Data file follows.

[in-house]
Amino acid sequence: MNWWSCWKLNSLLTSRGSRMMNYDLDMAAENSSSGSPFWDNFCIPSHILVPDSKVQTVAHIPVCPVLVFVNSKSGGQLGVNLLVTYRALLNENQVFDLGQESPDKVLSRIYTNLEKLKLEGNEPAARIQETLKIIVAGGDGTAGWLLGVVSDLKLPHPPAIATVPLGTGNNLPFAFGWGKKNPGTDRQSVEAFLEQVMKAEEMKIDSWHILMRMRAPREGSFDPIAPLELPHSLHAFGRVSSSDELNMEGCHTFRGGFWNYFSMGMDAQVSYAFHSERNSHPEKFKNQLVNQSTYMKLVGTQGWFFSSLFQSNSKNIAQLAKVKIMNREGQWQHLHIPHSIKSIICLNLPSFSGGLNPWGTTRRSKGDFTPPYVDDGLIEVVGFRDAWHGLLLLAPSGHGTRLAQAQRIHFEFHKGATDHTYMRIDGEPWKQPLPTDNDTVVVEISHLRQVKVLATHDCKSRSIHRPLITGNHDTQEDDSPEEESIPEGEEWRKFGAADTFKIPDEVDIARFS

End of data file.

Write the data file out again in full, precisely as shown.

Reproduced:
[in-house]
Amino acid sequence: MNWWSCWKLNSLLTSRGSRMMNYDLDMAAENSSSGSPFWDNFCIPSHILVPDSKVQTVAHIPVCPVLVFVNSKSGGQLGVNLLVTYRALLNENQVFDLGQESPDKVLSRIYTNLEKLKLEGNEPAARIQETLKIIVAGGDGTAGWLLGVVSDLKLPHPPAIATVPLGTGNNLPFAFGWGKKNPGTDRQSVEAFLEQVMKAEEMKIDSWHILMRMRAPREGSFDPIAPLELPHSLHAFGRVSSSDELNMEGCHTFRGGFWNYFSMGMDAQVSYAFHSERNSHPEKFKNQLVNQSTYMKLVGTQGWFFSSLFQSNSKNIAQLAKVKIMNREGQWQHLHIPHSIKSIICLNLPSFSGGLNPWGTTRRSKGDFTPPYVDDGLIEVVGFRDAWHGLLLLAPSGHGTRLAQAQRIHFEFHKGATDHTYMRIDGEPWKQPLPTDNDTVVVEISHLRQVKVLATHDCKSRSIHRPLITGNHDTQEDDSPEEESIPEGEEWRKFGAADTFKIPDEVDIARFS